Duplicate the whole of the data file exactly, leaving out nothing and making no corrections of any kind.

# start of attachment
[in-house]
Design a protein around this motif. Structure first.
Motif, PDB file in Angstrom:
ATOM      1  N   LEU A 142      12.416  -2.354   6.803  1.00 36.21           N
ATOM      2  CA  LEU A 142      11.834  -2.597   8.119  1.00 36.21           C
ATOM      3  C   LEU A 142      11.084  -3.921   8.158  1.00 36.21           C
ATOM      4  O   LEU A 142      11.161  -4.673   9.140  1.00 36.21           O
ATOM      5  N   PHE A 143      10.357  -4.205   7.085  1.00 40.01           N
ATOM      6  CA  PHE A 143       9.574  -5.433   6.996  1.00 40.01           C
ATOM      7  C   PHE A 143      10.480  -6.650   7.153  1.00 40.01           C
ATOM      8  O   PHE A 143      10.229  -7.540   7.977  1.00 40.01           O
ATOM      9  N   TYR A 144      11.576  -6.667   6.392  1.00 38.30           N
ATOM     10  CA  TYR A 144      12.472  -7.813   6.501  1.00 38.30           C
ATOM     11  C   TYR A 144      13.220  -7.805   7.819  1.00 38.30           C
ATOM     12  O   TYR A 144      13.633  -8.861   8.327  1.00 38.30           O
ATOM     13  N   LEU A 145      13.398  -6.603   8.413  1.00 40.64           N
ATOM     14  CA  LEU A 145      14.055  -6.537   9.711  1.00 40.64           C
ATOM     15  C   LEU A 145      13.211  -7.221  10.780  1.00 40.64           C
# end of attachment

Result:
[in-house]
Design a protein around this motif. Structure first.
Motif, PDB file in Angstrom:
ATOM      1  N   LEU A 142      12.416  -2.354   6.803  1.00 36.21           N
ATOM      2  CA  LEU A 142      11.834  -2.597   8.119  1.00 36.21           C
ATOM      3  C   LEU A 142      11.084  -3.921   8.158  1.00 36.21           C
ATOM      4  O   LEU A 142      11.161  -4.673   9.140  1.00 36.21           O
ATOM      5  N   PHE A 143      10.357  -4.205   7.085  1.00 40.01           N
ATOM      6  CA  PHE A 143       9.574  -5.433   6.996  1.00 40.01           C
ATOM      7  C   PHE A 143      10.480  -6.650   7.153  1.00 40.01           C
ATOM      8  O   PHE A 143      10.229  -7.540   7.977  1.00 40.01           O
ATOM      9  N   TYR A 144      11.576  -6.667   6.392  1.00 38.30           N
ATOM     10  CA  TYR A 144      12.472  -7.813   6.501  1.00 38.30           C
ATOM     11  C   TYR A 144      13.220  -7.805   7.819  1.00 38.30           C
ATOM     12  O   TYR A 144      13.633  -8.861   8.327  1.00 38.30           O
ATOM     13  N   LEU A 145      13.398  -6.603   8.413  1.00 40.64           N
ATOM     14  CA  LEU A 145      14.055  -6.537   9.711  1.00 40.64           C
ATOM     15  C   LEU A 145      13.211  -7.221  10.780  1.00 40.64           C